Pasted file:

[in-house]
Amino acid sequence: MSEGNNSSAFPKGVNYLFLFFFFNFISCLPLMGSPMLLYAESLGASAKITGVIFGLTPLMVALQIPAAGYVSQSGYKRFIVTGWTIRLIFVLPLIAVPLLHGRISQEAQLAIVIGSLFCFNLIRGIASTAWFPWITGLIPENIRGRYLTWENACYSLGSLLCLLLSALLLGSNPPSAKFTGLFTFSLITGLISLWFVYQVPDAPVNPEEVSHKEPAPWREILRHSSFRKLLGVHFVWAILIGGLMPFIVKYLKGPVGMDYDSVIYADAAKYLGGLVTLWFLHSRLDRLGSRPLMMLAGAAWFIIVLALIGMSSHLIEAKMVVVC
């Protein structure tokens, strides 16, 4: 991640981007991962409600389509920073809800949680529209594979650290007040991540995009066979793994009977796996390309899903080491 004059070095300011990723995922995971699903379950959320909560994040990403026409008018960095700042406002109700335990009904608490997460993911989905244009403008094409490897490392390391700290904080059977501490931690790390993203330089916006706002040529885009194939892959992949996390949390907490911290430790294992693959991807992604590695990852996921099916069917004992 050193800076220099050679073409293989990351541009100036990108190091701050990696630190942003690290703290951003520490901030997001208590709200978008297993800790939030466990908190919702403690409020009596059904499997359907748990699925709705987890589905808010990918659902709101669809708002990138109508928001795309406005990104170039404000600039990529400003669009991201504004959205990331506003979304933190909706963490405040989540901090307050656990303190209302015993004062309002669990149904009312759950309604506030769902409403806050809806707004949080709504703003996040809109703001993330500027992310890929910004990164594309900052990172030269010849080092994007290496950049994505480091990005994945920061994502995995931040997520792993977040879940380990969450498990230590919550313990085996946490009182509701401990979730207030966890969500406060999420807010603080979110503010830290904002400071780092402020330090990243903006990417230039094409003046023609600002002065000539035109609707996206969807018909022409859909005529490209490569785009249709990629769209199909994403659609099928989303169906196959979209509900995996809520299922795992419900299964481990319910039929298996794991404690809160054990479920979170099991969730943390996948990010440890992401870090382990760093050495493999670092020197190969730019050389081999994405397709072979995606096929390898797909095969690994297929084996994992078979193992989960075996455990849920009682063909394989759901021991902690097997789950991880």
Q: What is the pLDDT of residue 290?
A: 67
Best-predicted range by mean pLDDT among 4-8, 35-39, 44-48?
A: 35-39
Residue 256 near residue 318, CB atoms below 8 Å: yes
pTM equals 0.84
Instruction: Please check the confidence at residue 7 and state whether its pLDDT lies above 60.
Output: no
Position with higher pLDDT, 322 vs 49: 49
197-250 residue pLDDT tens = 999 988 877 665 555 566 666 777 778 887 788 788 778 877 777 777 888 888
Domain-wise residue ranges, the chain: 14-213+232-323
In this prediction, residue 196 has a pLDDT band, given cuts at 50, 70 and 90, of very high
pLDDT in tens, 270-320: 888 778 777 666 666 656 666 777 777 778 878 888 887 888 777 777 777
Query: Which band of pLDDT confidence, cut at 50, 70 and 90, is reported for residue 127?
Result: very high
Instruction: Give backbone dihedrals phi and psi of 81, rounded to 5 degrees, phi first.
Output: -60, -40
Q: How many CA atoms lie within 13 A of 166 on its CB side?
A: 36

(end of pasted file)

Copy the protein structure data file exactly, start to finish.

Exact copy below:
[in-house]
Amino acid sequence: MSEGNNSSAFPKGVNYLFLFFFFNFISCLPLMGSPMLLYAESLGASAKITGVIFGLTPLMVALQIPAAGYVSQSGYKRFIVTGWTIRLIFVLPLIAVPLLHGRISQEAQLAIVIGSLFCFNLIRGIASTAWFPWITGLIPENIRGRYLTWENACYSLGSLLCLLLSALLLGSNPPSAKFTGLFTFSLITGLISLWFVYQVPDAPVNPEEVSHKEPAPWREILRHSSFRKLLGVHFVWAILIGGLMPFIVKYLKGPVGMDYDSVIYADAAKYLGGLVTLWFLHSRLDRLGSRPLMMLAGAAWFIIVLALIGMSSHLIEAKMVVVC
């Protein structure tokens, strides 16, 4: 991640981007991962409600389509920073809800949680529209594979650290007040991540995009066979793994009977796996390309899903080491 004059070095300011990723995922995971699903379950959320909560994040990403026409008018960095700042406002109700335990009904608490997460993911989905244009403008094409490897490392390391700290904080059977501490931690790390993203330089916006706002040529885009194939892959992949996390949390907490911290430790294992693959991807992604590695990852996921099916069917004992 050193800076220099050679073409293989990351541009100036990108190091701050990696630190942003690290703290951003520490901030997001208590709200978008297993800790939030466990908190919702403690409020009596059904499997359907748990699925709705987890589905808010990918659902709101669809708002990138109508928001795309406005990104170039404000600039990529400003669009991201504004959205990331506003979304933190909706963490405040989540901090307050656990303190209302015993004062309002669990149904009312759950309604506030769902409403806050809806707004949080709504703003996040809109703001993330500027992310890929910004990164594309900052990172030269010849080092994007290496950049994505480091990005994945920061994502995995931040997520792993977040879940380990969450498990230590919550313990085996946490009182509701401990979730207030966890969500406060999420807010603080979110503010830290904002400071780092402020330090990243903006990417230039094409003046023609600002002065000539035109609707996206969807018909022409859909005529490209490569785009249709990629769209199909994403659609099928989303169906196959979209509900995996809520299922795992419900299964481990319910039929298996794991404690809160054990479920979170099991969730943390996948990010440890992401870090382990760093050495493999670092020197190969730019050389081999994405397709072979995606096929390898797909095969690994297929084996994992078979193992989960075996455990849920009682063909394989759901021991902690097997789950991880």
Q: What is the pLDDT of residue 290?
A: 67
Best-predicted range by mean pLDDT among 4-8, 35-39, 44-48?
A: 35-39
Residue 256 near residue 318, CB atoms below 8 Å: yes
pTM equals 0.84
Instruction: Please check the confidence at residue 7 and state whether its pLDDT lies above 60.
Output: no
Position with higher pLDDT, 322 vs 49: 49
197-250 residue pLDDT tens = 999 988 877 665 555 566 666 777 778 887 788 788 778 877 777 777 888 888
Domain-wise residue ranges, the chain: 14-213+232-323
In this prediction, residue 196 has a pLDDT band, given cuts at 50, 70 and 90, of very high
pLDDT in tens, 270-320: 888 778 777 666 666 656 666 777 777 778 878 888 887 888 777 777 777
Query: Which band of pLDDT confidence, cut at 50, 70 and 90, is reported for residue 127?
Result: very high
Instruction: Give backbone dihedrals phi and psi of 81, rounded to 5 degrees, phi first.
Output: -60, -40
Q: How many CA atoms lie within 13 A of 166 on its CB side?
A: 36